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Chip Scale Review January • February • 2017


The future of packaging with silicon photonics

By Deborah Patterson

[Patterson Group, LLC]

; Isabel De Sousa, Louis-Marie Achard

[IBM Canada, Ltd.]

t has been almost a decade since the

introduction of the iPhone, a device

that so successfully blended sleek

hardware with an intuitive user interface

that it effectively jump-started a global shift

in the way we now communicate, socialize,

manage our lives and fundamentally

interact. Today, smartphones and countless

other devices allow us to capture, create

and communicate enormous amounts of

content. The explosion in data, storage

and information distribution is driving

extraordinary growth in internet traffic

and cloud services. The



“Trends driving data center growth,”

provides an appreciation for the incredible

increase in data generation and its

continued growth through 2020.

To process and manage the unabated

growth in data traffic, silicon photonics

will be used to define new data center

architectures. This article discusses the

impact that silicon photonics will have on

data center technology trends, and on the

next-generation microelectronic packaging

developments that address optical-to-

electrical interconnection as photon and

electron conversion moves to the level of the

package and microelectronic (logic) chip.

Data center dynamics

The large-scale restructuring of data

centers is one of the most dynamic

transformations taking place in information

technology. The need to re-architect the

data center is being propelled by the

staggering surge in shared and stored

data along with an increasing demand

to effectively interpret the tremendous

amounts of content being generated. In

addition to the huge growth in data traffic,

the infrastructure supporting the Internet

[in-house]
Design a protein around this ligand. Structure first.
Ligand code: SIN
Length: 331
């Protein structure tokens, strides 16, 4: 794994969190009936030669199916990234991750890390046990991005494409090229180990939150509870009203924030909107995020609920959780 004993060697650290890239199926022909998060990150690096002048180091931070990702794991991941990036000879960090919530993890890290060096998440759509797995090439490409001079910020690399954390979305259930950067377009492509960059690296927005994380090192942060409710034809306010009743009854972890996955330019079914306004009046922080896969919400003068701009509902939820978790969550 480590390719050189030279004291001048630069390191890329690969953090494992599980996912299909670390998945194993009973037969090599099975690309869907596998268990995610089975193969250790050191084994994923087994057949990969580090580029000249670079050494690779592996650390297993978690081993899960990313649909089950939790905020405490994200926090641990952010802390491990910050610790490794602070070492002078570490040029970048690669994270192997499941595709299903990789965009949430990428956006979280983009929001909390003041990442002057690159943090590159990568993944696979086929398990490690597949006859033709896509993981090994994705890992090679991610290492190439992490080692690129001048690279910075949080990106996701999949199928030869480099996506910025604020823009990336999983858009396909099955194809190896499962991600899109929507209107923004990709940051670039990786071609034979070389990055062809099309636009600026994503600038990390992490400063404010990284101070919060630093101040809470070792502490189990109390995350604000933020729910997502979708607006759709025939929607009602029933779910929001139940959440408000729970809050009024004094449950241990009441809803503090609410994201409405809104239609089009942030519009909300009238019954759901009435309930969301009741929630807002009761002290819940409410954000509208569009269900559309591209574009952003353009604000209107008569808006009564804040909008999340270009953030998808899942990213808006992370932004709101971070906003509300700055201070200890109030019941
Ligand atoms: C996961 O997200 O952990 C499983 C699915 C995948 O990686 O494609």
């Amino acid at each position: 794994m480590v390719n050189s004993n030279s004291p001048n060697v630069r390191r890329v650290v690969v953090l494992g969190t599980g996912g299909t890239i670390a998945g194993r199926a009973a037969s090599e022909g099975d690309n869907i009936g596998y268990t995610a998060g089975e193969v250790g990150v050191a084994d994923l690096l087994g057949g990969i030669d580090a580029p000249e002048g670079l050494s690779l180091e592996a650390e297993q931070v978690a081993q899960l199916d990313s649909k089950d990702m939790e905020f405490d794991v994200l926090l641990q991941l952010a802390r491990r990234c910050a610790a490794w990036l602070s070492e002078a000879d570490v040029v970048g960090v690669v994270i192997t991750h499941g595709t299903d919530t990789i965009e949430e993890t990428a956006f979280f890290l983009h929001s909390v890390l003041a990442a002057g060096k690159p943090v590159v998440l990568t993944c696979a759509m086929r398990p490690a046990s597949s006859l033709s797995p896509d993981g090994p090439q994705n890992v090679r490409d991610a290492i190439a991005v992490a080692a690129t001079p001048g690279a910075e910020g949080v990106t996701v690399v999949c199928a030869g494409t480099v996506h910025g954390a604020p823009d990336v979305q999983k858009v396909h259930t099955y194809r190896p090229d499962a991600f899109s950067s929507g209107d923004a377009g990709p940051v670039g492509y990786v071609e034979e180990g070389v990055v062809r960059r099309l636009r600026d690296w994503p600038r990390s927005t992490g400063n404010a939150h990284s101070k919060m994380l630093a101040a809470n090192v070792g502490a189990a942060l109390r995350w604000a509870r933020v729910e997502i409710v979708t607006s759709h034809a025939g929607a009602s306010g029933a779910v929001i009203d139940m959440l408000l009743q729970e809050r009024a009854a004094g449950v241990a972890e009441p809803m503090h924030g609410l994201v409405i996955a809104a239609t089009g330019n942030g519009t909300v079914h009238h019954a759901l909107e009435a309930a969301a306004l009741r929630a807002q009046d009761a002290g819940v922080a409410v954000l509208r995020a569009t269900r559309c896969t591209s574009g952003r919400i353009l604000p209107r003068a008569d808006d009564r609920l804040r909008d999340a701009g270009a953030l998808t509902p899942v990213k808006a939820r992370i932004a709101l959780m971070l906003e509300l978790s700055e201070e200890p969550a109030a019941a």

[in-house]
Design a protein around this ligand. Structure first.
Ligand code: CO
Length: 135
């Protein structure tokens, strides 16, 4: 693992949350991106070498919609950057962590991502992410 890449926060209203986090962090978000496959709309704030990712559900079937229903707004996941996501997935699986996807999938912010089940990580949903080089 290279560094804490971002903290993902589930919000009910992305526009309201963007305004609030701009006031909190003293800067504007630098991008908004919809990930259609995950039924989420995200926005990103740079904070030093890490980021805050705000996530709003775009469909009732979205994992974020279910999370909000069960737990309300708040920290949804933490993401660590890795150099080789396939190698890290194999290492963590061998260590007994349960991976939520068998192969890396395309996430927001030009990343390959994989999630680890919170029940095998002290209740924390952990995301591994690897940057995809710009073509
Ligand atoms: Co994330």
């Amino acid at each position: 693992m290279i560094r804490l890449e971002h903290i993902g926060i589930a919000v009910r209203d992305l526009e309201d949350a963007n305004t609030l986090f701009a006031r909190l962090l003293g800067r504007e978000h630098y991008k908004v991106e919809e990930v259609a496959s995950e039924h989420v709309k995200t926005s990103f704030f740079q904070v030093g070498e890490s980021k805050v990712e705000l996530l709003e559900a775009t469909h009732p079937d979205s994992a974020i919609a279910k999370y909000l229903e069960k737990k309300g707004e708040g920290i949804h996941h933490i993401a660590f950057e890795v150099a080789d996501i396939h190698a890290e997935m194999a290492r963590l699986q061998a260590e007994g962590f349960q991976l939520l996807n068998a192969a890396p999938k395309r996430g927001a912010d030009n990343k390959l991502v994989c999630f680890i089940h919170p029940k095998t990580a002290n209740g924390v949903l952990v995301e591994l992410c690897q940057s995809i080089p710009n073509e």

of Everything (IoE) will emphasize real-

time responsiveness between people and/or

objects. The next wave in data processing

and data traffic management will require

the ability to support cloud computing,

cognitive computing and big data analysis

along with the necessary speed and

capacity to deliver a timely response.

Op t i c s h a v e t r a d i t i o n a l l y b e e n

employed to transmit data over long

d i s t anc e s be c au s e l i gh t c an c a r r y

c o n s i d e r a b l y mo r e i n f o r m a t i o n

content (bits) at faster speeds. Optical

transmission becomes more energy

efficient as compared to electronic

alternatives when the transmission

length and bandwidth increase. As the

need for higher data transfer speeds at

greater baud rate and lower power levels

intensifies, the trend is for optics to

move closer to the die. Optoelectronic

interconnect is now being designed

to interface directly to the processor,

application specific integrated circuit

(ASIC) or field programmable gate

array (FPGA) to support switching,

transceiver, signal conditioning, and

mu l t i p l e x e r / d emu l t i p l e x e r (Mux /

Demux) applications.

Figure 1

shows a

forecast for silicon

photonics adoption

through 2025 with data

centers dominating

initial growth. Silicon

photonics are also being

developed to support

applications as diverse

as high-performance

computing and optical


The da t a cent er

need for speed and


Figure 2

illustrates forecasted

data center traffic by

2019. One of the more

notable trends is that

almost three-quarters

of all data center traffic

will originate from

within the data center.

The recognition of this

statistic, compounded

b y t h e e n o r m o u s

increase in data traffic,

has significantly altered

the approach to data

center design. Besides

u p g r a d i n g o p t i c a l

cabling, links and other interconnections,

the legacy data center, comprised of many

off-the-shelf components, is in the process

of a complete overhaul that is leading to

significant growth and change in how

transmit, receive, and switching functions

are handled, especially in terms of next-

generation Ethernet speeds. In addition,

as 5G ramps, high-speed interconnect

between data centers and small cells will

also come into play. These roadmaps

will fuel multi-fiber waveguide-to-chip

interconnect solutions, laser development,

and the application of advanced multi-chip

packaging within the segment.

The high-end or “Hyperscale” data center

is massive in both size and scalability. It

provides a single compute architecture

made up of small individual servers and


Figure 1:

Silicon photonics growth rates will initially be dominated by

applications within the data center. SOURCE: Yole Développement, Oct. 2016

Figure 2:

Data center traffic and bit rates show remarkable growth. The vast

majority of data center traffic will reside within the data center. SOURCE: Cisco

Global Cloud Index, 2014–2019